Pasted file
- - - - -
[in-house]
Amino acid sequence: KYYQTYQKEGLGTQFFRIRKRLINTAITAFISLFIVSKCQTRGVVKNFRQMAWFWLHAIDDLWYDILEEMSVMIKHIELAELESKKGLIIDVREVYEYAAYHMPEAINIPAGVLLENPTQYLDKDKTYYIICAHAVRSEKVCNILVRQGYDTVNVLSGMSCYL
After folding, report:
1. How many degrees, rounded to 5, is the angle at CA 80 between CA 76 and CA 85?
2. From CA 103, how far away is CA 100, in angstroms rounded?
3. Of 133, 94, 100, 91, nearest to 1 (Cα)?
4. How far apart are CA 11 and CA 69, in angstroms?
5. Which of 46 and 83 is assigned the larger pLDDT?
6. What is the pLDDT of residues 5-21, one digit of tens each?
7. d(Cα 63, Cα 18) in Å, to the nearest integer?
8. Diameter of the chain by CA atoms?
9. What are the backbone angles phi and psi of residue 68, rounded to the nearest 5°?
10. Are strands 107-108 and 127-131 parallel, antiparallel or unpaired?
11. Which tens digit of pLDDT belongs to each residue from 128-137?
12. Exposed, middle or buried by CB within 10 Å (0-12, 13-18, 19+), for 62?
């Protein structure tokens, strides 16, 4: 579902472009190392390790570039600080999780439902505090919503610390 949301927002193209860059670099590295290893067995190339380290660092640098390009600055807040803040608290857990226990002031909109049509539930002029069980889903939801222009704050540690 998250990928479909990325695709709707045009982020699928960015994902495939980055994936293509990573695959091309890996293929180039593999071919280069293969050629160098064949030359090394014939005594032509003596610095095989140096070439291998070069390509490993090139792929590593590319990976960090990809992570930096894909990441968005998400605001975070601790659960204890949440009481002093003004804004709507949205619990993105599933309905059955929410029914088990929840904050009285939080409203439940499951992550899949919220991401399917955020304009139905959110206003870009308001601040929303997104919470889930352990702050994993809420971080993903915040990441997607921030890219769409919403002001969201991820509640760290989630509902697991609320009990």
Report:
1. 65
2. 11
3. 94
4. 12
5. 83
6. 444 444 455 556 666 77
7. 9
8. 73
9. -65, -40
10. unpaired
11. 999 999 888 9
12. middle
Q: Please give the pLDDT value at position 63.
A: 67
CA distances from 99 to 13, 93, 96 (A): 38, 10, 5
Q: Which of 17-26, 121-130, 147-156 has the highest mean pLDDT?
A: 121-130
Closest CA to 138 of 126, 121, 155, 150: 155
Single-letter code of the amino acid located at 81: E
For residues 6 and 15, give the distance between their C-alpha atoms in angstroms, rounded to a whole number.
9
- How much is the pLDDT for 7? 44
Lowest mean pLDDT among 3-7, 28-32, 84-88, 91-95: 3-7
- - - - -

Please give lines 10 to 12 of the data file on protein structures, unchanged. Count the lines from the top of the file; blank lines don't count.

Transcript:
7. d(Cα 63, Cα 18) in Å, to the nearest integer?
8. Diameter of the chain by CA atoms?
9. What are the backbone angles phi and psi of residue 68, rounded to the nearest 5°?